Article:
Although the shots he prepares do not always fall, Westbrook seems about as comfortable as reasonably possible so early. The spacing of Houston is a boon for its finishing on the controls and in transition, and the support cast reacts effectively to the pull that it has in these situations:

Those looking for the most Houston touch should start here: with everyone else.

PJ Tucker is his usual usual at both ends, but remains almost alone. Clint Capela would be as expected without his disappearing acts on the glass. Eric Gordon in section 30.2 / 21.4 / 66.7.

Danuel House Junior's offensive summits never seem to last, and it's hard to watch when his shots are not down, as was the case on Monday. But it's crucial for the Rockets defense, and they have to play against him.

Specifically, they do not have many viable alternatives.

Gerald Green is still not expected to return this season after undergoing surgery to repair a broken bone in his left foot, according to ESPN Tim MacMahon. Ben McLemore is not eminently playable. Austin Rivers shoots 2 times out of 10 from a distance and has this tendency to tremble in nothingness. Gary Clark is not in the rotation. Thabo Sefolosha has not scored for 34 minutes … and 35 years.

The use of Tucker at 5 is something that the Rockets always seem interested in doing. Can they survive on the glass during these stretches? It remains to be seen. Their first two games suggest that the answer is yes. Monday offered a rebuttal. The defense thinks to be able to fight during these relays without infusion of depth on the wings.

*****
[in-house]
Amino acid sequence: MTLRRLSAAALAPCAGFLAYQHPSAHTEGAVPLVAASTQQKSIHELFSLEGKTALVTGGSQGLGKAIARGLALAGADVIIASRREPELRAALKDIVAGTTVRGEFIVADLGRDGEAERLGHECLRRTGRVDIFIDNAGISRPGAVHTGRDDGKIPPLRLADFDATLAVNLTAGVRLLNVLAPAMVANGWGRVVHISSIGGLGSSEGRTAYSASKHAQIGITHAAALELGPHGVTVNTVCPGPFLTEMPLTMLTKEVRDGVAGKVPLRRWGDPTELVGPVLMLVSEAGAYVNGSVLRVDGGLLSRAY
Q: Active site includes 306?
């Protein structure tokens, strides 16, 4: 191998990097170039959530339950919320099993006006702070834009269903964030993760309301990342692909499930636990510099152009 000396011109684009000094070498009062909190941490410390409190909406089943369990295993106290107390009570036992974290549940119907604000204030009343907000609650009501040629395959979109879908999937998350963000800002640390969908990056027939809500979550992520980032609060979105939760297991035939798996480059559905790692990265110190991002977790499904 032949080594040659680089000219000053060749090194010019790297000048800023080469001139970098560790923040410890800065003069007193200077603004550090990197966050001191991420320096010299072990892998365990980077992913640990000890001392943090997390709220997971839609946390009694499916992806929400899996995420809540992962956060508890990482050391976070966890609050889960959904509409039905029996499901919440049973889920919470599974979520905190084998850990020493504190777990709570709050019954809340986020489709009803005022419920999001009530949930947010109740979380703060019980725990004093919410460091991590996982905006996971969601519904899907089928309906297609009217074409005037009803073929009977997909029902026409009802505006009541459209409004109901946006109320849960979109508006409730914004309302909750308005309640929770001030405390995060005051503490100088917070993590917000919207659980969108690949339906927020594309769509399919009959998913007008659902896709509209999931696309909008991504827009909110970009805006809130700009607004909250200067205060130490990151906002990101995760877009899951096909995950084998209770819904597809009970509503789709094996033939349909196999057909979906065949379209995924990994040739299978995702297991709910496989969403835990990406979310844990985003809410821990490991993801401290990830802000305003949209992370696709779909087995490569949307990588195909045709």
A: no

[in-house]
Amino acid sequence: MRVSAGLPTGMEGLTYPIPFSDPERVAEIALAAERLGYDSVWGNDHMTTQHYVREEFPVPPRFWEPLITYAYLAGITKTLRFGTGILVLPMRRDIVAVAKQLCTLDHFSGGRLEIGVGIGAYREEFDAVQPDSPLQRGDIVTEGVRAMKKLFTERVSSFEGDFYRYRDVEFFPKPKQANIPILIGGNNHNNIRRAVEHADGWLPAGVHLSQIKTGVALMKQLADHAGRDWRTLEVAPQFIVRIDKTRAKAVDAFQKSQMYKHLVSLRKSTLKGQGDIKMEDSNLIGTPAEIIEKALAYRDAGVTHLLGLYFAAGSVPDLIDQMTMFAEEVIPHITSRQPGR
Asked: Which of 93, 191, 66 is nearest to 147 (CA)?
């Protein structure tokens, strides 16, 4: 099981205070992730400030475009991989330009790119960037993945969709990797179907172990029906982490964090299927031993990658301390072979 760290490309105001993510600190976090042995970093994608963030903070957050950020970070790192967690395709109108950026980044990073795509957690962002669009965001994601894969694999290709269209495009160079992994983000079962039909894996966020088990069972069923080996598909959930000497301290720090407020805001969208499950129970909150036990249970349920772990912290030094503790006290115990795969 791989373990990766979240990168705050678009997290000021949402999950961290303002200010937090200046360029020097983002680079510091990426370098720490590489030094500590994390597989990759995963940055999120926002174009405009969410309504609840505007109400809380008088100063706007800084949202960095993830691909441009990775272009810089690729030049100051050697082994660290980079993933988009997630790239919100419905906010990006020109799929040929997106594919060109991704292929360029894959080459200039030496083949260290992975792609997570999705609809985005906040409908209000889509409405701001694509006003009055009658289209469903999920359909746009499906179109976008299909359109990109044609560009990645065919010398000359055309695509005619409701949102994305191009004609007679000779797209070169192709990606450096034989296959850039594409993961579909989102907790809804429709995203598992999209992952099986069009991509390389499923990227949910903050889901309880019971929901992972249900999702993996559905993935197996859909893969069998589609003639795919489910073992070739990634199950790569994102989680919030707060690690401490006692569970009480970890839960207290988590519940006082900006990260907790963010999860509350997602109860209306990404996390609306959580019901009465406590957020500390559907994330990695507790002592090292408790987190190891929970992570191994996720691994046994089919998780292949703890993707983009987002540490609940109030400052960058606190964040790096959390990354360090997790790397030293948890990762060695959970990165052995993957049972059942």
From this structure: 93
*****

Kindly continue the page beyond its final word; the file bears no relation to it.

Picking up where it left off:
None of this is revealing. Before the season started, the Rockets were looking for consistency, apart from their respective names.

Gordon's frosty start is very shocking, but not entirely unprecedented. If this rut ​​becomes the status quo, then peace can escalate into panic.

And even if we consider that the worst scenario is forced. Gordon takes a step-great, not-damn 38.5% on his three big open ones. Like Harden, the chances are good.

That Gordon is the biggest polling point in Houston so far is encouraging.

That Gordon is the biggest polling point in Houston so far is encouraging.Bill Baptist / Getty Images

Even if it is not, Gordon's struggles become invaluable the subject of discussion. Ditto for Harden's doldrums, because it's so obviously temporary.

Really, the beginning of the Houston season is of value.

Blow a monster in the head against the Milwaukee Bucks was the terrible form, and barely beat thunder and Zion Williamson-less Pelicans of New Orleans There is nothing to celebrate. The Rockets, by and large, look unspectacular. And they did it while navigating in the early stages of what is supposed to be the league's most fueling duo.

With all that Houston has to do, it's not spectacular, but for the moment.

Unless otherwise stated, stats courtesy of NBA.com, Basketball reference or Glass cleaning. Salary and cap-hold information via Basketball Initiates, RealGM and Spotrac.

Dan Favale covers the NBA for Bleacher Report. Follow him on Twitter (@danfavale) and listen to her Hardwood shots podcast, co-hosted by Andrew Bailey of B / R

Former Chicago Tribune reporter and NBC Sports Chicago actor K.C. Johnson joins "The Full 48 with Howard Beck" to discuss the Chicago Bulls final game, Coby White, Derrick Rose, Jimmy Butler and Michael Jordan.